10b-5 cases begin with an analysis of whether a general duty to disclose exists. Then it must be determined whether the facts that the plaintiffs claim should have been disclosed were material. If the defendants were under a duty generally, and if the undisclosed facts were material, a violation has occurred if the other requisite 10b-5 factors such as scienter and reliance are also present. Here, we need not address whether Basic had a duty initially to disclose the contacts, discussions and information exchanges that were occurring with Combustion Engineering. An initial duty to disclose material merger negotiations exists only in certain limited circumstances. See Starkman v. Marathon Oil Co., 772 F.2d 231 (6th Cir. 1985). Courts have held that a duty to disclose negotiations arises in situations, such as where the corporation is trading in its own stock, or where it is responsible for rumors of the discussions leaking into market. See, e.g., Staffin v. Greenberg, 672 F.2d 1196, 1202-07 (3d Cir. 1982); State Teachers Retirement Bd. v. Fluor Corp., 654 F.2d 843, 850 (2d Cir. 1981); Arber v. Essex Wire Corp., 490 F.2d 414, 418 (6th Cir.), cert. denied, 419 U.S. 830, 95 S. Ct. 53, 42 L. Ed. 2d 56 (1974).
However, a far more important duty to disclose arises when the corporation has made a public statement which would be misleading without disclosure of the merger discussions. If a corporation is not under a duty to disclose corporate information, but voluntarily chooses to make a statement and the statement is "reasonably calculated to influence the investing public" the corporation then has a duty to disclose sufficient information so that the statement made is not "false or misleading or ... so incomplete as to mislead." Texas Gulf Sulfur, 401 F.2d at 862. See, e.g., Etshokin v. Texasgulf, Inc., 612 F. Supp. 1220, 1227-29 (N.D. Ill. 1985); Schlanger v. Four-Phase Sys., Inc., 582 F. Supp. 128, 133-34 (S.D.N.Y. 1984). See also In re Carnation Co., Sec.Exch. Act Rel. No. 22214 (July 8, 1985) [1984-85] Fed.Sec.L.Rep. (CCH) p 83,801.
Basic's duty to clarify and disclose the discussions arose only because of Basic's statements denying knowledge of "any present or pending corporate developments" when, as the record clearly illustrates, Basic was in contact with Combustion Engineering and merger discussions were occurring within the two corporations and between them. As officers and spokespersons for a publicly traded company, the employees of Basic had a responsibility and duty to be truthful. The discretion they possessed was in speaking at all; once they spoke they could not be patently untruthful. As we noted earlier, the record reveals numerous telephone calls between Basic and Combustion. Kelly, an officer of Combustion, visited Basic's headquarters frequently. The record illustrates that a merger of the two corporations was the purpose of these contacts and that the conversations focused on that topic.
These facts made Basic's denials of any knowledge of corporate developments that would cause high trading volume in Basic stock misleading, if not totally false. Basic's statements were read narrowly by the district court to say that Basic did not know the reason for the unusual market activity. Yet, even if that proposition were true, in that Basic, for some reason, never knew the reason for the unusual market activity, the statements were misleading in that they could reasonably be read broadly by the public as flat disclaimers of any significant corporate developments that might account for the high volume stock activity.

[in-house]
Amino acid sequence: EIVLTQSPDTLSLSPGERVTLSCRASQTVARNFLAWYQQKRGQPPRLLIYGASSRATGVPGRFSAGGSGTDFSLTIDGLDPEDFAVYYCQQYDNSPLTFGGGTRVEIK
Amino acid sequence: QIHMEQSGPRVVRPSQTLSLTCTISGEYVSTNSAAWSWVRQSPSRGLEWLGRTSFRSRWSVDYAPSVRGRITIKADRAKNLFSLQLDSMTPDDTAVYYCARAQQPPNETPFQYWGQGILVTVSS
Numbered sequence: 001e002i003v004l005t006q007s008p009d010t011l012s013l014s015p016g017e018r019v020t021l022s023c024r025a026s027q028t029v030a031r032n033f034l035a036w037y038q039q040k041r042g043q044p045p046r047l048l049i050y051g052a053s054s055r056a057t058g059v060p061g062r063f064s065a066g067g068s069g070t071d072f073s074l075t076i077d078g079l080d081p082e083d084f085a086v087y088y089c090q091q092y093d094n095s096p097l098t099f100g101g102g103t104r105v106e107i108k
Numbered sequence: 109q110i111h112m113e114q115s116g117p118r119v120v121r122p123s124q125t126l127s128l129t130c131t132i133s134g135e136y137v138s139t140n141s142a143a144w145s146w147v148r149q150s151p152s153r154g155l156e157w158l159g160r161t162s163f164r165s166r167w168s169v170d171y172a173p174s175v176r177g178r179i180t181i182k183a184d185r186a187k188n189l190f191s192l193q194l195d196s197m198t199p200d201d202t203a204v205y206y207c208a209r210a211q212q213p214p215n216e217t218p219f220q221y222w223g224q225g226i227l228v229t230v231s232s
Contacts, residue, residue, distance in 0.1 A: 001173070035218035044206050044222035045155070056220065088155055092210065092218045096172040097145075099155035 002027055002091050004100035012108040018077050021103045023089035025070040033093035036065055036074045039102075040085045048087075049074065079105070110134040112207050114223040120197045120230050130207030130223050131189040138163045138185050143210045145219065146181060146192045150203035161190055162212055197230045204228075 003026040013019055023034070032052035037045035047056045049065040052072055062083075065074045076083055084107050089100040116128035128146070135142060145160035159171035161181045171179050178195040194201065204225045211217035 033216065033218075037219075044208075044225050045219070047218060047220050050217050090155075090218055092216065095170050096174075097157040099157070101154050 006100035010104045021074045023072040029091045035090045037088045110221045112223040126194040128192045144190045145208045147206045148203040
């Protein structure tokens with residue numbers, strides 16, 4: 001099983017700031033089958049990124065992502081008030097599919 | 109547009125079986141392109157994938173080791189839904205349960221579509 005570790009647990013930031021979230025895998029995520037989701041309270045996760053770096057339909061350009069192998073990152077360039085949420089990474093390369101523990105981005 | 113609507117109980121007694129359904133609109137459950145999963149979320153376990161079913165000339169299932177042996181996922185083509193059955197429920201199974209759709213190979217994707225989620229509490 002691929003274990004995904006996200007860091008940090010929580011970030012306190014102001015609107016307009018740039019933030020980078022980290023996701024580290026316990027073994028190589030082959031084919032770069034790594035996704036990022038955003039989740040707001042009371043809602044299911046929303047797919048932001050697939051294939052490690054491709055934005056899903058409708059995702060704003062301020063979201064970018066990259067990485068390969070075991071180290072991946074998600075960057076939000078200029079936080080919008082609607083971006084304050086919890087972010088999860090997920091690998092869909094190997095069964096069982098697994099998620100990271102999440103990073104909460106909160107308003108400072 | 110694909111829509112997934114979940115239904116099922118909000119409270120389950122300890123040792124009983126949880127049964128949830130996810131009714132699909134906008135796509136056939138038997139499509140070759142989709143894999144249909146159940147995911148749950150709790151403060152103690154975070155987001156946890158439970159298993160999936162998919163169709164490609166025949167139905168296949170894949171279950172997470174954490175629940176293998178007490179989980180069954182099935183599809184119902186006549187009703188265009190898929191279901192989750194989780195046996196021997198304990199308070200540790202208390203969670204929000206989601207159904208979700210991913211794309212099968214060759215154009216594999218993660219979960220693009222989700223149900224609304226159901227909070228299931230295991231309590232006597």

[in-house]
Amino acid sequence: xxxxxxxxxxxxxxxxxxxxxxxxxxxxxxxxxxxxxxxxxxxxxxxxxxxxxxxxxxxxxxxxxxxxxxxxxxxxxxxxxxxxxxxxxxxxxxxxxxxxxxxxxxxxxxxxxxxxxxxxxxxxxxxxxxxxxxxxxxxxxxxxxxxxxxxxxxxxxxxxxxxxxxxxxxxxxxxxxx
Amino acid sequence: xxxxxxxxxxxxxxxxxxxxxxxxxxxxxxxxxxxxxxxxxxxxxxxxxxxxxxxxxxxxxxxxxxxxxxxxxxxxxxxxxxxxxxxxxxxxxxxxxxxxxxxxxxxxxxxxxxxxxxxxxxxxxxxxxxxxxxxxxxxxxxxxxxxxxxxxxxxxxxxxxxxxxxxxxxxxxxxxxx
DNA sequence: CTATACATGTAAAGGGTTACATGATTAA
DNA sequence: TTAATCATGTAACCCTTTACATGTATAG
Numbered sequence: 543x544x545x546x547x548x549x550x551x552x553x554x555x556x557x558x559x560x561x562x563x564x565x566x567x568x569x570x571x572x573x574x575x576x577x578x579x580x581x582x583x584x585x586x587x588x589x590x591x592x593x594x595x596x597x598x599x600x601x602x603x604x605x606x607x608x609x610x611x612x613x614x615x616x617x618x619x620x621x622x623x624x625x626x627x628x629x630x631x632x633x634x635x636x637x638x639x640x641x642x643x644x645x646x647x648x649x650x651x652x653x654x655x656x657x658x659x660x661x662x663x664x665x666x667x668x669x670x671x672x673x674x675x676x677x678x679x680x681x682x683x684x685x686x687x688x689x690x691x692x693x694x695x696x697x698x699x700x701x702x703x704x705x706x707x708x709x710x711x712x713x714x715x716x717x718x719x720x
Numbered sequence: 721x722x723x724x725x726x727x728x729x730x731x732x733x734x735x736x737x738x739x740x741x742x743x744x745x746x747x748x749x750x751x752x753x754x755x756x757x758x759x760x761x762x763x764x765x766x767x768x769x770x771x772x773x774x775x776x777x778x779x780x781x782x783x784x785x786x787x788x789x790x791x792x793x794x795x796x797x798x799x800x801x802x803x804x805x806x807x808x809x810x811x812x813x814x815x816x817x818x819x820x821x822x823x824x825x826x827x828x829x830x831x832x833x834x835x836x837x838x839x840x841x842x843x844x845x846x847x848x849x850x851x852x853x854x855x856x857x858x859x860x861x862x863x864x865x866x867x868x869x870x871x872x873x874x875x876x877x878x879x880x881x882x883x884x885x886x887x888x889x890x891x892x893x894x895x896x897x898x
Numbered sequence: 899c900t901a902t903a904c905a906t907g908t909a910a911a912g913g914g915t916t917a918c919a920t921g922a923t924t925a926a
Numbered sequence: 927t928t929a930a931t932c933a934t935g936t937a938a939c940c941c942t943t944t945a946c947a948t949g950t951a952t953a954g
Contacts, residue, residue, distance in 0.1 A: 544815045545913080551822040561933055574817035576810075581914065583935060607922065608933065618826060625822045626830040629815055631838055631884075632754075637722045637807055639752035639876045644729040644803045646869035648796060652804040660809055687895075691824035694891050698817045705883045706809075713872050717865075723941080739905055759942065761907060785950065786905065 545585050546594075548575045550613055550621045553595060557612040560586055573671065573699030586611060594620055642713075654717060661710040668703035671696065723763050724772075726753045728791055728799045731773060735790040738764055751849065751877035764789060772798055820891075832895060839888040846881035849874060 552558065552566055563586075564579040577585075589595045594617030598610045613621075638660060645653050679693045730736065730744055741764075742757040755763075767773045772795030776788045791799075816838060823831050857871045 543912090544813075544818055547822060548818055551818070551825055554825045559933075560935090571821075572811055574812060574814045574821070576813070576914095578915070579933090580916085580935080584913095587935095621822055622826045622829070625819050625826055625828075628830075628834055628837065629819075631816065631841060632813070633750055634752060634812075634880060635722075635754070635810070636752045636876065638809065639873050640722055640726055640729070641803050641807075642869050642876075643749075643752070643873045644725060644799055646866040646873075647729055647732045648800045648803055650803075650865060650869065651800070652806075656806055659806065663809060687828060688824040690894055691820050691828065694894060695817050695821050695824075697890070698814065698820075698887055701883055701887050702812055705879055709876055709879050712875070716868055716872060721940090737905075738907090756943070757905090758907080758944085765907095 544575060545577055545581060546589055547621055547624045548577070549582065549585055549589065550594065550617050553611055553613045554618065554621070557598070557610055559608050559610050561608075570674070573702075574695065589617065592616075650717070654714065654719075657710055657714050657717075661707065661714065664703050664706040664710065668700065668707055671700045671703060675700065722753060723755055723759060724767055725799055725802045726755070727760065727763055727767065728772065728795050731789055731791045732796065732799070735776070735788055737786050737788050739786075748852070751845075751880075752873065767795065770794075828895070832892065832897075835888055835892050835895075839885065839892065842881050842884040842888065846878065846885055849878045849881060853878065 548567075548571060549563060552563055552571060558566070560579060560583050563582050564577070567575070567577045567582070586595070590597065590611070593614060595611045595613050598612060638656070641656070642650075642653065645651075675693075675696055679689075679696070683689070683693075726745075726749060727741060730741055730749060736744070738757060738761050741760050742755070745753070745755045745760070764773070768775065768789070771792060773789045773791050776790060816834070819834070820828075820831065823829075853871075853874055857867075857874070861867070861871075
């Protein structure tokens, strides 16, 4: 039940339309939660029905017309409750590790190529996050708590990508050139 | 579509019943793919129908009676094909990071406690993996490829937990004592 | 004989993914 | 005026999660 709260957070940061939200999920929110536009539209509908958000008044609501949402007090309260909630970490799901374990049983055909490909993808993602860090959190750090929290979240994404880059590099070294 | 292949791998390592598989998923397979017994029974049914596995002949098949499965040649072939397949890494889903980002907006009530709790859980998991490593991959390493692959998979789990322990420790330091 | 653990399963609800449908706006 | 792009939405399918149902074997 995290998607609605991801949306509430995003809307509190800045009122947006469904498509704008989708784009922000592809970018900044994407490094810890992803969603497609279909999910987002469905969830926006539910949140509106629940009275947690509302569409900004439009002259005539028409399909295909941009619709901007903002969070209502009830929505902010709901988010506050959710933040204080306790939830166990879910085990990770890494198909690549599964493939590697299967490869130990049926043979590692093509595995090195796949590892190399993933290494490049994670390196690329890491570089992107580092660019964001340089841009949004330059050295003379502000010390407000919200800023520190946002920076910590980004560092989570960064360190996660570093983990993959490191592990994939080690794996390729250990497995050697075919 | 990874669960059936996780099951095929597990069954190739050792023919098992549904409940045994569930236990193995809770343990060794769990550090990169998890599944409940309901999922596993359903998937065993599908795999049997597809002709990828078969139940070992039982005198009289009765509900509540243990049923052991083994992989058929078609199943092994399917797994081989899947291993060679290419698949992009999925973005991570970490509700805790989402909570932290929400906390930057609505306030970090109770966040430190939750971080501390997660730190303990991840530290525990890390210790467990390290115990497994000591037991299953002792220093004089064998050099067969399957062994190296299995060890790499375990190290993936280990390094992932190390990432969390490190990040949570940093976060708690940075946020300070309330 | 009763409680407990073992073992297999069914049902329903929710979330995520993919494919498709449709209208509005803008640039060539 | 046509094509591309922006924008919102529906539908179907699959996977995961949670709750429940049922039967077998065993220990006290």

Basic's statement that "no negotiations" were occurring was also misleading, if not patently untrue. Basic argues that the denial was technically correct because no discussions occurred which would satisfy the legal definition of "negotiations." The average investor does not necessarily know the technical and legal definition of these words as used by Basic. A statement that "no negotiations" were occurring could reasonably be read to state that no contacts of any kind whatsoever regarding merger had occurred. Because of the "Strategic Plan" of Combustion regarding Basic, had there been only one telephone call from Kelly to Muller, this statement would have been clearly untrue. Thus, the various denials by Basic were affirmative misrepresentations. Basic's silence following these misrepresentations is not the same as Basic's silence had Basic not made any statement. In these early stages of the discussions between Combustion and Basic, Basic had no duty to speak, but once it spoke, it assumed the legal duty to be truthful. See, e.g., Treadway Companies, Inc. v. Care Corp., 638 F.2d 357, 379 (2d Cir. 1980).
Under Rule 10b-5, " [a] duty to speak the full truth arises when a defendant undertakes to say anything." First Virginia Bankshares v. Benson, 559 F.2d 1307, 1317 (5th Cir. 1977), cert. denied, 435 U.S. 952 (1978). For example, in Schlanger v. Four-Phase Sys., Inc., 582 F. Supp. 128 (S.D.N.Y. 1984), a class of plaintiff shareholders brought an action against certain officers and directors of Four-Phase Systems. The plaintiffs claimed that the defendants had issued a public statement indicating that the company was "not aware of any corporate developments which would affect the market of its stock," id. at 129, when, in fact, merger negotiations were underway. The court stated: